Friday, July 14, 2017

The Dangerous Lure of Reviewing Books I Didn't Like

Producing something tangible is satisfying. An article, a doll dress, a fancy dinner, a pretty Christmas ornament. Reading books doesn't in itself create that sense of accomplishment, unfortunately, especially when the books are on my Kindle and never make a physical appearance here, there, or anywhere.

Perhaps that is why it creates a sense of having done something, having produced, when I leave a review on Goodreads or a blog.

The problem arises when I read a book that disappoints. A book that makes me angry at the author for squandering the rich potential of her premise or her characters. It would be so satisfactory to review it! I can hear the dissection of errors in my head. It would be fun to write that dissection down. Besides, it would break the silence of my Goodreads account.

The problem is that I, too, am aiming for future publication; and I doubt it is a good idea to potentially alienate people I hope to think of as colleagues (or their literary agents). Of course I don't think these folks are particularly likely to be reading what I post on the internet right now, but it's possible someone may Google my name someday. I wouldn't want them to decide I am clearly a person of appalling taste for disliking something they created or helped to sell.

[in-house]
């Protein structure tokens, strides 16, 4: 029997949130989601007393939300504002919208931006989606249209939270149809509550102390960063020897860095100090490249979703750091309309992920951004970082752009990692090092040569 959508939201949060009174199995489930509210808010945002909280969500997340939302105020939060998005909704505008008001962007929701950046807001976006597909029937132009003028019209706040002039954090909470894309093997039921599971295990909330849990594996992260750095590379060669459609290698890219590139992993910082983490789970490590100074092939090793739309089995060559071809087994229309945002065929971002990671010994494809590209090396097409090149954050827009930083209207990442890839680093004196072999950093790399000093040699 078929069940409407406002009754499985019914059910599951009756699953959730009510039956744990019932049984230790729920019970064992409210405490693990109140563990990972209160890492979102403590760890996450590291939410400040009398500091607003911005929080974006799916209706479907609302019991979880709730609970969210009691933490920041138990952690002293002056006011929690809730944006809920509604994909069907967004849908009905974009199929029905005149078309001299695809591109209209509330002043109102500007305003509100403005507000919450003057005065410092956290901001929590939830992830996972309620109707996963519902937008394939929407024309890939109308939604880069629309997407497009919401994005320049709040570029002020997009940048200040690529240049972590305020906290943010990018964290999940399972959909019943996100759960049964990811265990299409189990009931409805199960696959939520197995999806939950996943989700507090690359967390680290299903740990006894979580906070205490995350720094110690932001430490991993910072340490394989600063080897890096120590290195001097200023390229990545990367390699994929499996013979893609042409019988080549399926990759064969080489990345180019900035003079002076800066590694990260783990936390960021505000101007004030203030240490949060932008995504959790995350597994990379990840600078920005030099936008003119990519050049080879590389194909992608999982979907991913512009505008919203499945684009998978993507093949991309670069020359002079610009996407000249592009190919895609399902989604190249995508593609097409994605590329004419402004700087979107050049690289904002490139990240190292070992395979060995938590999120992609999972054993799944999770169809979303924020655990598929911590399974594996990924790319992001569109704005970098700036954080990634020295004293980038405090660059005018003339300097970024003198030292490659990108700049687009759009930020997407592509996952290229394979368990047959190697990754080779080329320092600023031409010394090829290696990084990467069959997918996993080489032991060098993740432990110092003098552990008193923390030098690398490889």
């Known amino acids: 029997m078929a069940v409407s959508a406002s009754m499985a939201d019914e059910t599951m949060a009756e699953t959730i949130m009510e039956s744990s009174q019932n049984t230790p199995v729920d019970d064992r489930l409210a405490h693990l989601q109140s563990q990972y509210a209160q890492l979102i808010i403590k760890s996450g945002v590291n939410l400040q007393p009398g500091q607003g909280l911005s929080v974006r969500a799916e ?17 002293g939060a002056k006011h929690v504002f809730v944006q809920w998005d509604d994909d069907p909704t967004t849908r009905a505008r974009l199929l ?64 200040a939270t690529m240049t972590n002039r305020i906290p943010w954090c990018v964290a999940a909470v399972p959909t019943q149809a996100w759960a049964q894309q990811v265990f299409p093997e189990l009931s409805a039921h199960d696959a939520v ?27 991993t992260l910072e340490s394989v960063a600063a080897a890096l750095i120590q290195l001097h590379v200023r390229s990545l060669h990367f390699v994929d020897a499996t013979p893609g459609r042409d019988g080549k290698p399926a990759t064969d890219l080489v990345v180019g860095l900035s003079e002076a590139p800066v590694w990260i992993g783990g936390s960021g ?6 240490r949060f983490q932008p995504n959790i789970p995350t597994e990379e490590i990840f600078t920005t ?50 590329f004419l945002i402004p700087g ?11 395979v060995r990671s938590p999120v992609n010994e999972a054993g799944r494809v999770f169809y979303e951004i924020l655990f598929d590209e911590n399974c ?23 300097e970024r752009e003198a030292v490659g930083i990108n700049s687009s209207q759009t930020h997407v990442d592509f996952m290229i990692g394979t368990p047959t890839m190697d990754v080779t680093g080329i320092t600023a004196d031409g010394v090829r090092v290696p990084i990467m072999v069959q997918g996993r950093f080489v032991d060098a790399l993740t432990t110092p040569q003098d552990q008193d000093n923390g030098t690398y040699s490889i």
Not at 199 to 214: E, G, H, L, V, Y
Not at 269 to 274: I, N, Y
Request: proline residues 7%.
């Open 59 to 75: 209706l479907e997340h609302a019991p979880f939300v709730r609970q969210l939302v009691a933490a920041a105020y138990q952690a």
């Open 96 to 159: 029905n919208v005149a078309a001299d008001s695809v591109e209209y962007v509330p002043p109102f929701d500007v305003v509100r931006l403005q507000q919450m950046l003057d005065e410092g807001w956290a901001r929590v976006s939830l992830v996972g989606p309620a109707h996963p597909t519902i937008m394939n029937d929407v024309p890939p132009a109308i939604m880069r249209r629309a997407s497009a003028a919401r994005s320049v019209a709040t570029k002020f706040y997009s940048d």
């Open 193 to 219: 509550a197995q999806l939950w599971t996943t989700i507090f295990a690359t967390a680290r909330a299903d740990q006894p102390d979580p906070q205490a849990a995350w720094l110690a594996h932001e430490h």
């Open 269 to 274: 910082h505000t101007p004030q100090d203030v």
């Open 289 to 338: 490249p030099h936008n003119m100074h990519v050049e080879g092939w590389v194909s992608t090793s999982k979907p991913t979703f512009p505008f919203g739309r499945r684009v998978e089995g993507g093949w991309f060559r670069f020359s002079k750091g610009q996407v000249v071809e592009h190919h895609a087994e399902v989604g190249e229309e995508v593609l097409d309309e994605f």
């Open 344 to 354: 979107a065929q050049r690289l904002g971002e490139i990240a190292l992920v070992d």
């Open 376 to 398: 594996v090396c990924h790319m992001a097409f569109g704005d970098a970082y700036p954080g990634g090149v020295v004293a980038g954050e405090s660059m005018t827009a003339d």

You would think that not writing something would be easy. But sometimes it's hard! That urge to produce, I suppose. Perhaps it's egotistical of me even to think my reviews matter this much. I'm curious: for those of you who write, what are your rules for reviewing?


  1. I'm hoping to write/pursue publication in the future, but right now, I actually focus on reviewing books in the genres I want to write (Christian speculative fiction).

    Personally, I don't write a review for anything that I would rate less than 3 stars and I think long and hard prior to posting a 3 star review. When I write a review where I have something negative to say, I always order my critique as something good about the book, something negative, and then conclude with another good attribute.

    1. That makes sense--it's a lot easier to read criticism of one's work in a format like that.


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